Turning to Slide 11, and beginning to look at the regional discussion. Each region contributed to the strong organic growth of 5% in the fourth quarter. The highest contributions in absolute terms came from North America with a solid 3% revenue growth at constant currency, and from Asia-Pacific with a strong 7%. I'd like to take a moment, going to go off script for just a moment and make a comment about the coronavirus situation in China. We are totally focused on making sure that we can continue to treat our patients in China, as well as support our employees through what is a very, very difficult time. We are unable at this point today to try to give you any kind of quantification of what this event or these events may mean for us economically at this point in time. As we have a better idea, we will communicate that. But it would be pure speculation for us at this point to try to give you any sense of that, so we will refrain from it, but have you know that we continue to be focused on those things that we can do to help our patients and our employees in this difficult time.

We saw solid growth in Europe, Middle East and Africa, and a very strong increase in Latin America, which as usual Latin America is somewhat driven, it has a tailwind from the high inflation adjusters that we see in many of those markets from time to time.

Looking on Slide 12 and focusing on the fourth quarter and Health Care Services. In the US, the same market growth, again, performed nicely. We are at 3.4%. As you know, that's in the back up in the detail, but I think it's worth noting that I don't like to round down, I like to just tell you the way it is. So 3.4% in the quarter. As you know, the development in the region was somewhat negatively impacted by the increased adjustment for accounts receivables in a legal dispute. Helen will walk you through that in some detail, if you have questions on it. So there is some muted performance here, but nonetheless we're still proud of 3.4%. EMEA services, organic growth at 5% in the quarter, and the Asia-Pacific growth was supported by dialysis care in their Care Coordination business.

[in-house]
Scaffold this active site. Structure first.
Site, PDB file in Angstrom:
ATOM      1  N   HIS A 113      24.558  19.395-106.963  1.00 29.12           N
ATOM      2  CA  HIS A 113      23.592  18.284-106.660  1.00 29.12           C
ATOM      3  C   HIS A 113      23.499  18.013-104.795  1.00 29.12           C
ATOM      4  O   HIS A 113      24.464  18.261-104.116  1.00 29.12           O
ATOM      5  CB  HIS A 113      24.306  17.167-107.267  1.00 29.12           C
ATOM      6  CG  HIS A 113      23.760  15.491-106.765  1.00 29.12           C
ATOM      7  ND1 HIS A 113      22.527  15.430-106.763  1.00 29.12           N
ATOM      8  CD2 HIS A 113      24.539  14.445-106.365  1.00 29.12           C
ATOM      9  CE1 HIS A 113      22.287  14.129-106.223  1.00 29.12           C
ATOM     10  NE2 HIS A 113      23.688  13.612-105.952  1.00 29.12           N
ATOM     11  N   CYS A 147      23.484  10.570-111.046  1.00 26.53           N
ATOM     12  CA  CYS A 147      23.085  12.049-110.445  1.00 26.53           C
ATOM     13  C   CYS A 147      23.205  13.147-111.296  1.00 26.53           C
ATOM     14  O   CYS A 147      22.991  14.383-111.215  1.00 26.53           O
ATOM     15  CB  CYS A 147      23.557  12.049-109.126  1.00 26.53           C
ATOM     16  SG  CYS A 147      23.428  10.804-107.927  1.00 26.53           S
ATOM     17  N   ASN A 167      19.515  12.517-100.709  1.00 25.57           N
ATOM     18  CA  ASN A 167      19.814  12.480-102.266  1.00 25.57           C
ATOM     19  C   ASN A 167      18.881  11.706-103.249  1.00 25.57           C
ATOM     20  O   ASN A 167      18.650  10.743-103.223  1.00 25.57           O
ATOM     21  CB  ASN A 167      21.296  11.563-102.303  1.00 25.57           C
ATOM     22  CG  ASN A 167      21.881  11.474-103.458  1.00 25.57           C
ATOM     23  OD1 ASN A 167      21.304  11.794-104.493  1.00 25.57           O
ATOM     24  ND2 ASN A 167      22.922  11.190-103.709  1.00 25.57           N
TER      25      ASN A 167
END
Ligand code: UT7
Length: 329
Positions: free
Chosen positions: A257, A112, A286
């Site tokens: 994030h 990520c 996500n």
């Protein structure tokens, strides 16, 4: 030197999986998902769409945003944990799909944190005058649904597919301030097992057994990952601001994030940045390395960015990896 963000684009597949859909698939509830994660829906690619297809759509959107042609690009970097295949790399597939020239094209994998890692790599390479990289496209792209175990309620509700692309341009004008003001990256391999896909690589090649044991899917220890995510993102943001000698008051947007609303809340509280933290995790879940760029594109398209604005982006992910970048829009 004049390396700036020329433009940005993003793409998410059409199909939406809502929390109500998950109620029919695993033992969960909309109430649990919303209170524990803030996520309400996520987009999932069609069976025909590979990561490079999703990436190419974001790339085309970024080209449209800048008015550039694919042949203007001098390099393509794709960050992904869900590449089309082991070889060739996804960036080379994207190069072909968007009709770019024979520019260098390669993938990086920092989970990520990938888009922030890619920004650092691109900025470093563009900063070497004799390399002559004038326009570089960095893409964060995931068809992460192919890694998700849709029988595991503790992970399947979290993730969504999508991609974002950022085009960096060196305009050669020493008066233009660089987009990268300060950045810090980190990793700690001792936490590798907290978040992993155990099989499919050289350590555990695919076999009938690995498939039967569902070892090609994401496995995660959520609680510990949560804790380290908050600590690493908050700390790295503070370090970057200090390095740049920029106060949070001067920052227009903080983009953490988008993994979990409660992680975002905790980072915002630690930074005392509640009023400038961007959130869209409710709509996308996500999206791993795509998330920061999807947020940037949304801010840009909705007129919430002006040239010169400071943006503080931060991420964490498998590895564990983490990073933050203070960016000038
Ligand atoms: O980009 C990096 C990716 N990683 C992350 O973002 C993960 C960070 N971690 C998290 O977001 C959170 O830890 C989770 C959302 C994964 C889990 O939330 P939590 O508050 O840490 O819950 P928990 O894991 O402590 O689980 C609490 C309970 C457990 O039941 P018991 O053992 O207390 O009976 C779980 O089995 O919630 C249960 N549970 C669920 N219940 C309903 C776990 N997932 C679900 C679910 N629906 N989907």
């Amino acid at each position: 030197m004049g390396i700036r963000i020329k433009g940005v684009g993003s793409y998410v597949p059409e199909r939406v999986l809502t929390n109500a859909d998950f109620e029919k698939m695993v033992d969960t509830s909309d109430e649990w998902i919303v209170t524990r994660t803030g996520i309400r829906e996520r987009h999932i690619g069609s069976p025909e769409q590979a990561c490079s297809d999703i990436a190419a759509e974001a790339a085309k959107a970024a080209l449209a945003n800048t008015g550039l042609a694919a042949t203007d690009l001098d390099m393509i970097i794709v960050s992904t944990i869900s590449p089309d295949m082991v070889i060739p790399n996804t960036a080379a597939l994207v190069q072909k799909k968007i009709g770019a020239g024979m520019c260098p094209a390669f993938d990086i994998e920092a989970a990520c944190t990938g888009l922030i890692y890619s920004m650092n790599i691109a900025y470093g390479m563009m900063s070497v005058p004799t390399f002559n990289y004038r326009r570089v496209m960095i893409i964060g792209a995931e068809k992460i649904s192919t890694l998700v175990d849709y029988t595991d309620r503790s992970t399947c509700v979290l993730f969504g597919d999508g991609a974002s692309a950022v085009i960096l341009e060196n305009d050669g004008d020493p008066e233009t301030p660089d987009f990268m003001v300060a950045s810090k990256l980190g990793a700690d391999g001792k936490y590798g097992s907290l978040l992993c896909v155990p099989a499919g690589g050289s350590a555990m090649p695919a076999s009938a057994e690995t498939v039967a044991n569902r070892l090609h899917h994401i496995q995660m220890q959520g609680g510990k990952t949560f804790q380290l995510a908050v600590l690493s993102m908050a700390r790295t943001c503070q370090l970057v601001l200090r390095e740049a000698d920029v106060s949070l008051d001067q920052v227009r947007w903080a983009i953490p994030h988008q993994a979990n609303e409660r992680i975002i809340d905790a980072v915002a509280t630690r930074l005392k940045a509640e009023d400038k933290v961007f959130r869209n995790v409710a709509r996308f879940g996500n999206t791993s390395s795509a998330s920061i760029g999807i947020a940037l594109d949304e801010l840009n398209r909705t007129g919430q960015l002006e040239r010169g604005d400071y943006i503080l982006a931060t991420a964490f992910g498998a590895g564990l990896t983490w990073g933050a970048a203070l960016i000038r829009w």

Now turning to Slide 13 and to products for the quarter. We saw continued growth in the products business for the fourth quarter. North America had an excellent performance, up 16%. The core products business delivered 4% organic growth. And when you consider that they were working off of a high base from the prior year, and we also had some negative impact from IFRS 16, it's phenomenal what they were able to get accomplished. And obviously, the NxStage acquisition has been a help for us in the home hemodialysis product sector as well. EMEA grew 2% on a reported basis as well as on an organic basis, so they continue to do well. Asia-Pacific delivered 6% growth. And as we've said, Latin America is at 15% on an organic basis, and obviously there is some inflation adjustment that's having an impact there.